In his recent Why feeling more pain may be better for you, Tom Stafford reminds us of the classic Kahneman study which yielded both the Peak End rule and succor to sadistic proctologists.
If that description didn't tempt you to go read the column, here's the super short version: Kahneman found that when asked how bad a painful experience was, people recall (roughly) the average of how bad it was at it's worst --the 'peak'-- and how bad it was at the end --the, uh, 'end'. This, Kahneman claims, raises a real ethical dilemma:
Imagine a physician conducting a colonoscopy; the patient is in intense pain. The examination is complete and the physician could terminate the procedure now, providing instant relief --and a permanently negative evaluation of the whole episode. Should the physician seek the patient's consent to extend the pain for a while in order to form and retain an improved opinion of the procedure….a patient who has had two otherwise identical procedures that differ in the abruptnees of relief will prefer [the one with] more total pain but provides a better end….When the experiencing self and the remembering self disagree, whom are we to believe? (1994, p.21)
Stafford doesn't answer this question. Rather he turns to the Peak-End Rule as a broader phenomena (as other research shows) to make a different point
"But I think the most important lesson of the Peak-End experiments is something else. Rather than saying that the duration isn't important, the rule tells me that it is just as important to control how we mentally package our time. What defines an “experience” is somewhat arbitrary. If a weekend break where you forget everything can be as refreshing as a two-week holiday then maybe a secret to a happy life is to organise your time so it is broken up into as many distinct (and enjoyable) experiences as possible, rather than being just an unbroken succession of events which bleed into one another in memory."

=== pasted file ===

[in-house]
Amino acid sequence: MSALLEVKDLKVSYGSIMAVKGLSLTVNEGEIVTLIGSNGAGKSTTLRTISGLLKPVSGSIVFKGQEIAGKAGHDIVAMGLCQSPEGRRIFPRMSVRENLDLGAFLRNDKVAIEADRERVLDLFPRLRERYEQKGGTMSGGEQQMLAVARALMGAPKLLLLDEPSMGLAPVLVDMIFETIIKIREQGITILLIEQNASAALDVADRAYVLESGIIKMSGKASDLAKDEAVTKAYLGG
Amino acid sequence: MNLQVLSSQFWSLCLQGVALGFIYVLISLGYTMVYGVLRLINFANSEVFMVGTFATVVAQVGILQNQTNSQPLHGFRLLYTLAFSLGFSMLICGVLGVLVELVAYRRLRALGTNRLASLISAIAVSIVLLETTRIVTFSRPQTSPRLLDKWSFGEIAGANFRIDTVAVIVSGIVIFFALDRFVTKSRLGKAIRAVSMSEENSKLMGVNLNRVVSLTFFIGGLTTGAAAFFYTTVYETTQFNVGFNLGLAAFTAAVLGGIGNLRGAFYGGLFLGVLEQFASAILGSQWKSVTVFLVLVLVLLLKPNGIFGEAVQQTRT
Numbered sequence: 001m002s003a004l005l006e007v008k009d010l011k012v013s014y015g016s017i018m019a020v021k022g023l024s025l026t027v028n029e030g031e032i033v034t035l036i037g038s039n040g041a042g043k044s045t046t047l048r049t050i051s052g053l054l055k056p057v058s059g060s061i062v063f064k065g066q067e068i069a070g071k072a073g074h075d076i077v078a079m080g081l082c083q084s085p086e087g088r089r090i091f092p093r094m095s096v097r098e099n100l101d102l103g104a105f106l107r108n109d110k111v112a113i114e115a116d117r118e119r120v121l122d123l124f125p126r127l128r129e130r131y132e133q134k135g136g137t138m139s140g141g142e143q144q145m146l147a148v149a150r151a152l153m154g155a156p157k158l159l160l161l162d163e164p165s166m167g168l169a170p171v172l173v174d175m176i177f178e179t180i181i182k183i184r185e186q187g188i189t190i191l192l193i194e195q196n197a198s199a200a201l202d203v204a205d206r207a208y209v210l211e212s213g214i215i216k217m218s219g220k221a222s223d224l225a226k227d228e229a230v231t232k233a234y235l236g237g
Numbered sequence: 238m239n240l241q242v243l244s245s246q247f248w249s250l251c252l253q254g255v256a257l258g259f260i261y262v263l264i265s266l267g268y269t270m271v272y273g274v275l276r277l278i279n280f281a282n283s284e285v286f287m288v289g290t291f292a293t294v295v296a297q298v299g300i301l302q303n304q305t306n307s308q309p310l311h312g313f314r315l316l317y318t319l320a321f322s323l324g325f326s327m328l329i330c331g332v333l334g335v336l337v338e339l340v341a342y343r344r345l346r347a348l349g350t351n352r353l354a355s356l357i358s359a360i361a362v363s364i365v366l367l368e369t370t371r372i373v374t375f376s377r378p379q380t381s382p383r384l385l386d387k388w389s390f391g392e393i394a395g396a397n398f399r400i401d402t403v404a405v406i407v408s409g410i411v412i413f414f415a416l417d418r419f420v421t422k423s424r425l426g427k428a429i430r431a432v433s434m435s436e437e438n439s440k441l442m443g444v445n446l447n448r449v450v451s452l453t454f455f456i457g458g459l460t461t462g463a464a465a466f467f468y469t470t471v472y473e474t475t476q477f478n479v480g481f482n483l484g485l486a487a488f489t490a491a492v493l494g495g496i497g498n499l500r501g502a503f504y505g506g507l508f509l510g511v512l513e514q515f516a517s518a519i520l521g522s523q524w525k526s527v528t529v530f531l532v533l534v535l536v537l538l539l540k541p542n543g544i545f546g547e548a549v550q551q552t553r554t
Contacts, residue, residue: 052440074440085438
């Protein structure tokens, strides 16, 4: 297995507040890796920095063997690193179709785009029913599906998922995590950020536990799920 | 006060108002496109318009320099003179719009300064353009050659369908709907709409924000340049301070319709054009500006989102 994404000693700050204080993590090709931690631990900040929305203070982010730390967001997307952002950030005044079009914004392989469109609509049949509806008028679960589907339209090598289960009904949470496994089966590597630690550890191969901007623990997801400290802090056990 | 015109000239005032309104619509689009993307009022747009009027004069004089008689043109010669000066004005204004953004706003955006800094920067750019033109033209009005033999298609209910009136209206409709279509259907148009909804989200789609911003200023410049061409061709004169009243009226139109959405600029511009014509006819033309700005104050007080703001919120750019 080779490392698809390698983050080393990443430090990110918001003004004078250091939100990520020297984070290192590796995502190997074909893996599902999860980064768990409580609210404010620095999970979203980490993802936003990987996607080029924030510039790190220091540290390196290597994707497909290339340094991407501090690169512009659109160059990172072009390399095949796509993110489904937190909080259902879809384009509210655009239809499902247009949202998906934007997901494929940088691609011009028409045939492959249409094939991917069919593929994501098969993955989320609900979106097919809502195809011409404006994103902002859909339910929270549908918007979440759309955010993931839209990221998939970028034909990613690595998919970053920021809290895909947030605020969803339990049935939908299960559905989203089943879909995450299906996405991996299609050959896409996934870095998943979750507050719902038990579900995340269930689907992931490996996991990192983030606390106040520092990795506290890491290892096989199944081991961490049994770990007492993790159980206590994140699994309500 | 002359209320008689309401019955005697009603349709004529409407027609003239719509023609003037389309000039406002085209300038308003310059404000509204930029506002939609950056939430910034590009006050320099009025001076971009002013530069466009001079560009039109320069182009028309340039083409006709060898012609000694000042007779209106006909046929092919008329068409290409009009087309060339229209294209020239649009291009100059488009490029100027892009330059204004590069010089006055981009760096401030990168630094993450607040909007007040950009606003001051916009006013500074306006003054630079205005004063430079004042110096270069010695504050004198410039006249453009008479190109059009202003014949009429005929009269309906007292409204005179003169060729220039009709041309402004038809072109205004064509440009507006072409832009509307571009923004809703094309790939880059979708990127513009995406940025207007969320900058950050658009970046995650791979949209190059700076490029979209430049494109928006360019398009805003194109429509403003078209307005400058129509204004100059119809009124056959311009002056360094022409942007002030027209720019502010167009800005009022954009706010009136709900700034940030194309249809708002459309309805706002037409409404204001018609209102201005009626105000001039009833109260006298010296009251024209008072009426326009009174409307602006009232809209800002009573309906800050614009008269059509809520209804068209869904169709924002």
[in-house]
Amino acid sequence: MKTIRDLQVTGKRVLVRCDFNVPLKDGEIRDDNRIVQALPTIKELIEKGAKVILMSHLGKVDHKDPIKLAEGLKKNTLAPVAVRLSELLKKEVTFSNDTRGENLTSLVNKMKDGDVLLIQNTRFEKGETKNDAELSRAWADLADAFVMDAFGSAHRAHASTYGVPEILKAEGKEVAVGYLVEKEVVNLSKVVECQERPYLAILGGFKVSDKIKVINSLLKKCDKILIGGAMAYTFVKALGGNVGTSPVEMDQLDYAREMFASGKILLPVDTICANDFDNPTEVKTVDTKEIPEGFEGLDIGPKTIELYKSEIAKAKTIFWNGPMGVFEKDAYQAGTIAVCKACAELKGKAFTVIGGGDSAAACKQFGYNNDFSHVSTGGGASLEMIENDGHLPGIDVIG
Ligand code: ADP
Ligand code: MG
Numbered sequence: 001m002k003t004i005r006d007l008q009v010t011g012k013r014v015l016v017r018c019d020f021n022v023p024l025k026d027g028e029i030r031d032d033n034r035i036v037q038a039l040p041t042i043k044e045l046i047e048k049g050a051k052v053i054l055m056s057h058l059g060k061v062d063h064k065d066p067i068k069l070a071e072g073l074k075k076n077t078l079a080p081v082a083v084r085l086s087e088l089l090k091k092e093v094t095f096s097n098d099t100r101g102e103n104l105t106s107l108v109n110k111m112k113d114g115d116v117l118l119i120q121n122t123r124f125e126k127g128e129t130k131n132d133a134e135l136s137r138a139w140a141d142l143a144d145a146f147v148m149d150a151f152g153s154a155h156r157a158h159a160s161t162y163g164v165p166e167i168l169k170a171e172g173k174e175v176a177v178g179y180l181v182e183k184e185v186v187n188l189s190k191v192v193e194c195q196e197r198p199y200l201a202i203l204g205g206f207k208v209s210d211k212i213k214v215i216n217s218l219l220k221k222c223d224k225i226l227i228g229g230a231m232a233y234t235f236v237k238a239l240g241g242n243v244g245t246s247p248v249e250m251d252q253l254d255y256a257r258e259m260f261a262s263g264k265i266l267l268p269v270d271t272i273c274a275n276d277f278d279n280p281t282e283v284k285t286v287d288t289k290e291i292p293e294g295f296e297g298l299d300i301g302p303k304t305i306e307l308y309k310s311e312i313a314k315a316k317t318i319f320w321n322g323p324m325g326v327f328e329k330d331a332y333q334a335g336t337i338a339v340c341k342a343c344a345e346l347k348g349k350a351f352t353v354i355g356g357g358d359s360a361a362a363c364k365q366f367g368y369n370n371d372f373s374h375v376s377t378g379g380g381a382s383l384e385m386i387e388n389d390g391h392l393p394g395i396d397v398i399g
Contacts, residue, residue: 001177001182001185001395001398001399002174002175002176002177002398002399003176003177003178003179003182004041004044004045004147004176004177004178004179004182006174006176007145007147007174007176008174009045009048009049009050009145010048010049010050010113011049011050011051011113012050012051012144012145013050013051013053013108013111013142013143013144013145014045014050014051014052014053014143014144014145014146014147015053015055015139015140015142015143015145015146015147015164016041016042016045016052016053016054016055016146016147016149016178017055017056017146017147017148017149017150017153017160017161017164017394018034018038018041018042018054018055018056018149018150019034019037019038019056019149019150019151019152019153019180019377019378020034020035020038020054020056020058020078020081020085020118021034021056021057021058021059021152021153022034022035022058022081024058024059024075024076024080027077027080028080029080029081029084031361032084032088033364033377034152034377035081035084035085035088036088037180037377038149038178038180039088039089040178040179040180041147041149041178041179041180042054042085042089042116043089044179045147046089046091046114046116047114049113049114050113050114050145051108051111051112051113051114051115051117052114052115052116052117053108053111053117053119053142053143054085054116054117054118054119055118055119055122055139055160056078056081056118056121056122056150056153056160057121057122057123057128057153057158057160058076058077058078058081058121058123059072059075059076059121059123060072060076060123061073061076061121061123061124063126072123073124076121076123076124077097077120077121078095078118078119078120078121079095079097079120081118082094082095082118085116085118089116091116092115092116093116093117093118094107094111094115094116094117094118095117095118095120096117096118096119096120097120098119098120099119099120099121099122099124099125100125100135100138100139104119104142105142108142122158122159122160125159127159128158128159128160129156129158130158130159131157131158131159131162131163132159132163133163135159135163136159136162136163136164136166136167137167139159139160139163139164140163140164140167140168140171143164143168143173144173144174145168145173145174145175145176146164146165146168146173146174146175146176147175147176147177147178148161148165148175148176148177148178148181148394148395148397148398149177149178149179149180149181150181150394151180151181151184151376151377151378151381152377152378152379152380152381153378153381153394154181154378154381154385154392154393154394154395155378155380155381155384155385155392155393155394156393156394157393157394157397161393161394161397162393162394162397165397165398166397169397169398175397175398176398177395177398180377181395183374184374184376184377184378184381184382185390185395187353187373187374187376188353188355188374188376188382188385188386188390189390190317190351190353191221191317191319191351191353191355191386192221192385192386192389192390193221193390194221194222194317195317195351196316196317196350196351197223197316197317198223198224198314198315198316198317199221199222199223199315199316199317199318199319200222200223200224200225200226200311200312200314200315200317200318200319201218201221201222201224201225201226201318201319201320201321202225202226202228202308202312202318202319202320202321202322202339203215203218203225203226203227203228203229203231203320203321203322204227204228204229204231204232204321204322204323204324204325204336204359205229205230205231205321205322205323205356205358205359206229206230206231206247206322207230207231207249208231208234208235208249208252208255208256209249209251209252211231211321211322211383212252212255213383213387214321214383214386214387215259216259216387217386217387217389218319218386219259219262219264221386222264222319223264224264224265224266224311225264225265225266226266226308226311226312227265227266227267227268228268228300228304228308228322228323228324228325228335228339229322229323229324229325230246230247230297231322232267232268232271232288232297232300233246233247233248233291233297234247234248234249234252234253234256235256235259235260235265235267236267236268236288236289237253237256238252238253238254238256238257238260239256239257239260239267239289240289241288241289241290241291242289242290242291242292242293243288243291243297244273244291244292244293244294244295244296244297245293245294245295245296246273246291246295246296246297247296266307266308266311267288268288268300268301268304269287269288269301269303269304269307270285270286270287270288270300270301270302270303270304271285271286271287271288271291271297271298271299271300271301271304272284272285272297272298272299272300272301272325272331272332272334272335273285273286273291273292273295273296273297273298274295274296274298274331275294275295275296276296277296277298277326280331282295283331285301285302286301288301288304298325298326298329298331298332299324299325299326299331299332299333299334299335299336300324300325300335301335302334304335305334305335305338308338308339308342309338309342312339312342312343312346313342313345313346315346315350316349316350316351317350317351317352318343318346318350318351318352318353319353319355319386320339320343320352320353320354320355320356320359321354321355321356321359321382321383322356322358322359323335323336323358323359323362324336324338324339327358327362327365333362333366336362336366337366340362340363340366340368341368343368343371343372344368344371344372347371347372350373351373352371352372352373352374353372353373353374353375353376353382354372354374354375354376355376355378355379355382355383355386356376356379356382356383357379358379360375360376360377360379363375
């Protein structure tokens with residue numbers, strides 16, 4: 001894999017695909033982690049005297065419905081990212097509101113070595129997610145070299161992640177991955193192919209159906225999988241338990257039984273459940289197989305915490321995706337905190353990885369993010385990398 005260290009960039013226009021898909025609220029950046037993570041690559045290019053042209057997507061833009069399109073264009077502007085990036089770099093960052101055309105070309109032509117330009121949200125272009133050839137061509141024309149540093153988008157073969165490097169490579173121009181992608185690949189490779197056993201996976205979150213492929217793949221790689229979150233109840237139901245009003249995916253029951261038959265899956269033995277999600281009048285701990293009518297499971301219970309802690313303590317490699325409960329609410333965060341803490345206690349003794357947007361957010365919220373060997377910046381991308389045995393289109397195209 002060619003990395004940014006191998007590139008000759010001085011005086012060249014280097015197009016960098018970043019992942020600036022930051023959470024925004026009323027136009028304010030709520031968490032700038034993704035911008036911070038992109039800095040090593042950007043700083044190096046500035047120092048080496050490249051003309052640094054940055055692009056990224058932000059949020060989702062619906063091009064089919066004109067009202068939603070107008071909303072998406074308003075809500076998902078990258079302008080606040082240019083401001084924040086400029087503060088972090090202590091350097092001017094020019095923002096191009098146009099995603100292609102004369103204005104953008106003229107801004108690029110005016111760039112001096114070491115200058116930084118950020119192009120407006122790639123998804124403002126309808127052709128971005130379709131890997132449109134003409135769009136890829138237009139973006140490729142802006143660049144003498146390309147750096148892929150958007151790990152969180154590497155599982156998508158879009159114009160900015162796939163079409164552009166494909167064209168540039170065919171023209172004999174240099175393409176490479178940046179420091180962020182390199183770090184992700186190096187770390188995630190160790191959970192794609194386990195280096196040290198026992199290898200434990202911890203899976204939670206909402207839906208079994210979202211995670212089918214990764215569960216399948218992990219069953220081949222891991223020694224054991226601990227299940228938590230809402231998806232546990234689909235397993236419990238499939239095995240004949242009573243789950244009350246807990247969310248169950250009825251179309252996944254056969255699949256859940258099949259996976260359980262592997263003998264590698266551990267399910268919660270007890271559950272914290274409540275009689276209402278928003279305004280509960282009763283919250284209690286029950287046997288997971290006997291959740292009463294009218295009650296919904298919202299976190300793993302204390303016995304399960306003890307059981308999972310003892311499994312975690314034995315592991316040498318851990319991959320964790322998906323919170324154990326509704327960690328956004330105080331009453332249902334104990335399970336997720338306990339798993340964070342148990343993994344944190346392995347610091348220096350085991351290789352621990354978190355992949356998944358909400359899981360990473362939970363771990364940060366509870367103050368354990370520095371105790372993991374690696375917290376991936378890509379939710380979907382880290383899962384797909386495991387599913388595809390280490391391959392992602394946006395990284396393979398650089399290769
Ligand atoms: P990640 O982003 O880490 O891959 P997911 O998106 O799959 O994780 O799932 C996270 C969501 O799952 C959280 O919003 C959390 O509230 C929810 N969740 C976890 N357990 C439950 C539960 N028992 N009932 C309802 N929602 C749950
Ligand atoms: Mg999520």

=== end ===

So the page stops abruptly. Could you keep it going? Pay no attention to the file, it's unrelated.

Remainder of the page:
I have to politely demur on what's the most interesting lesson. I've spent the last 10 years ---my entire professional career thus far--- thinking about some of the deep philosophical issues Kahneman's question raises.
Presumably, as Kahneman notes, none of us as patients would agree (while in pain) to the physician prolonging our pain. But we would then look jealously upon our friend whose doctor didn't ask her permission and whose colonoscopy was (as she recalls it) easier than our own. From our deathbed perspectives, my life contained more suffering. It was in that respect worse than hers.
Of course, we're both mistaken about how our total suffering compares. Arguably, in some cases, our lives can be better or worse than we believe them to be. If your loved ones' affection had been a cruel facade behind which they constantly ridiculed you, even though you never found out, your life was still worse than you thought it was. But are mistakes about how much we suffered like this?
Look at what's going on here. We need to decide what makes pain bad. We need to figure out how to aggregate goods (e.g., do we simply add up the good and bad?). We need to understand what constitutes human well-being ---to decide what makes a life as a whole good. We need to deal with organic unities (i.e., whether the arrangement of a good and a bad may yield an overall value that's different from the simple sum --schadenfreude is a common example). We need to deal with the asymmetries of past and future pains. Indeed, this road takes us straight to fundamental questions about the nature of intrinsic value. (That's the road I followed to my dissertation)
John Broome took this issue up in his 1996 'More pain or less?' with the straightforward claim that the person's mistaken evaluations are irrelevant. Pains are intrinsically bad. There should be less of it.
Stephanie Beardman who was finishing up at Rutgers just as I entered, came up with a more sophisticated response in her The choice between current and retrospective evaluations of pain (here's a pdf). In it she sets out several alternative interpretations of Kahneman's results and articulates some ways in which our preferences about past experiences may be more sophisticated than they at first seem.
Since she does a lot of what philosophers do best ---laying out the conceptual territory--- some of you empirically-minded folks may find it a useful source for developing uninvestigated hypotheses. It's also just a very nice gateway to some of the deep philosophical issues lurking just beneath the surface of seemingly easy questions. (Though be forewarned, it's a gateway drug too. A few early conversations with Stephanie definitely played a role in my getting hooked). In any event, you should read it.